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Cuomo wins round in bonus fight

March 18, 2009 9:36:29 PM PDT
A New York state judge on Wednesday ordered Bank of America Corp. to disclose information about bonuses given to employees at Merrill Lynch & Co. just before the bank bought the brokerage company. New York Attorney General Andrew Cuomo and Bank of America have been sparring over the release of the information for weeks. Cuomo is investigating whether Bank of America and Merrill failed to provide proper disclosures to shareholders about the bonuses.

New York State Supreme Court Justice Bernard Fried ruled that the compensation figures didn't constitute a trade secret, as BofA had claimed.

Bank of America and the attorney general's office did not immediately comment on the ruling.

The judge's ruling reverses a temporary order keeping individual bonus information confidential. That order was put into place last month after Merrill's former CEO John Thain testified about the bonuses.

Bank of America bought New York-based Merrill Jan. 1.

Cuomo's office is trying to determine if Merrill and Charlotte, N.C.-based Bank of America failed to provide adequate disclosures to shareholders about the payouts, made in December, and the more than $15 billion in losses Merrill incurred in that quarter.

Merrill moved up its bonus payments to December from January to complete them before the sale to BofA.

Bank of America, which finds itself in Cuomo's cross-hairs, has repeatedly said Merrill was an independent company last year and it thus had no power to determine the size of payouts to Merrill employees.

During his first deposition, Thain refused to provide information about individual bonuses, claiming he was worried about a potential lawsuit from Bank of America. He was forced to return for a second round of questioning, though it is unclear if he gave details about the bonuses then.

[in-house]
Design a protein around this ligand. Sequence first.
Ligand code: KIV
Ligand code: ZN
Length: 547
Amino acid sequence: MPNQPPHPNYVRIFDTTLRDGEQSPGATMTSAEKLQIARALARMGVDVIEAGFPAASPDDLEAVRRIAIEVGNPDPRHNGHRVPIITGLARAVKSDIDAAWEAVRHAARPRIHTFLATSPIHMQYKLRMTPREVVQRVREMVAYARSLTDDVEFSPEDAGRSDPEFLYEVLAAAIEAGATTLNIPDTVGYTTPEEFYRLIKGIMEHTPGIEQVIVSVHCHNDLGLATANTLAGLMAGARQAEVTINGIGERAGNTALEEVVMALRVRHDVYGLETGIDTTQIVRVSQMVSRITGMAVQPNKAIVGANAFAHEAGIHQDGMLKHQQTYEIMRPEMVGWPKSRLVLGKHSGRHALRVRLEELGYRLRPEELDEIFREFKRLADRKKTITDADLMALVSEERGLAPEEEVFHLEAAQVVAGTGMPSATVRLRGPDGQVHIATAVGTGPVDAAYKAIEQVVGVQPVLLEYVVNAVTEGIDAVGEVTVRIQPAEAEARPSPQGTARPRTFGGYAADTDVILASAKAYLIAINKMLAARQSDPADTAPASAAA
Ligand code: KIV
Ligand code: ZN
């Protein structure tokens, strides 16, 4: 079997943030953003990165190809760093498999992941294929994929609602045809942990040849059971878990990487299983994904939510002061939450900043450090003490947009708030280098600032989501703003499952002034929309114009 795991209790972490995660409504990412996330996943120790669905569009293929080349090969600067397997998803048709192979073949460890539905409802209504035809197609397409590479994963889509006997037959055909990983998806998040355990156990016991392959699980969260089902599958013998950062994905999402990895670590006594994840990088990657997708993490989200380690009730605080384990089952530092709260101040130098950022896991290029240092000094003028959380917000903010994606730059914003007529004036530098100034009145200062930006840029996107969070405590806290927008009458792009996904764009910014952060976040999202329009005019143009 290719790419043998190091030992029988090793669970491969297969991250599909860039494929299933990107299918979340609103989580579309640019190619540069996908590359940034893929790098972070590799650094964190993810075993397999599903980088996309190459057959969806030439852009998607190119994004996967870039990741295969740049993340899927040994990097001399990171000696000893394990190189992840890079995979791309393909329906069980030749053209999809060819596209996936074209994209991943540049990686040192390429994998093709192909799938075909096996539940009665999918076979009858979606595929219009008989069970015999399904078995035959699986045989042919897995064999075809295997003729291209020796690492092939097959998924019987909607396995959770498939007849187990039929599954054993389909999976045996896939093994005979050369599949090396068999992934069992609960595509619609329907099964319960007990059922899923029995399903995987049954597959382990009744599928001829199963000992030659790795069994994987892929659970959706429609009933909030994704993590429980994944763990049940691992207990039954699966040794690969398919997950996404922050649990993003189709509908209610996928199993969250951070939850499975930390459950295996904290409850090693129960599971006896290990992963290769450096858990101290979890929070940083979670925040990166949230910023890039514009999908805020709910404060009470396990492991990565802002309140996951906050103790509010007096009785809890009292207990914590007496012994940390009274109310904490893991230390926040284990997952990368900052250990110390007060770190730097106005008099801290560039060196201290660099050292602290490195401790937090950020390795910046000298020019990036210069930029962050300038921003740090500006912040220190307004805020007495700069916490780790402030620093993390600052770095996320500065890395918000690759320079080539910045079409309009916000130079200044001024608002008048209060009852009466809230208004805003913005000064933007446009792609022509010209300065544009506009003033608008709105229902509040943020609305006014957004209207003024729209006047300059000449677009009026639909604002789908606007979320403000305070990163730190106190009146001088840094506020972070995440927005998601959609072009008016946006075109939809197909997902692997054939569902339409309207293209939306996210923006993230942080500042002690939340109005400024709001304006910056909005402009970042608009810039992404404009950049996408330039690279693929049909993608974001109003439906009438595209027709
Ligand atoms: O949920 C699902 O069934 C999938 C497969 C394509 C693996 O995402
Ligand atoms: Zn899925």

Thain resigned as head of global wealth management at the combined company in January just as news of the bonuses broke.

BofA's CEO Ken Lewis testified last month as well, but did not reveal information about individual bonuses. During that testimony, Cuomo's office subpoenaed Lewis a second time in hopes of eventually getting the information.

In defending his position about the need to publicly release individual bonus information, Cuomo points out that Lewis said during his testimony that there has never been a policy at Bank of America that requires bonus information to remain confidential.

Cuomo and Rep. Barney Frank, D-Mass., sent a letter to Bank of America in early March demanding the information be made public because the bank has received $45 billion as part of the government's bank investment program. As a recipient of the funds, Bank of America must provide better transparency and disclosure to taxpayers about where their money is being spent, Cuomo and Frank asserted in the letter.

The initial reports of the bonuses came just days after Bank of America received an additional $20 billion from the government that the bank said it needed to help offset the losses it was absorbing from the Merrill acquisition. The additional support was provided as Lewis showed trepidation about completing the deal to acquire Merrill.

Frank, the chairman of the House Financial Services Committee, and other lawmakers have been insistent on knowing how financial institutions are spending taxpayers funds. Politicians have been indignant in recent days over bonuses paid to American International Group Inc. employees. The government bailed out the insurance giant last September and now owns about an 80 percent stake in the firm.

The government helped orchestrate the acquisition of Merrill by Bank of America over the same weekend in September that another investment bank, Lehman Brothers, went under and AIG received its initial government support.


NEW YORK AND TRI-STATE AREA NEWS

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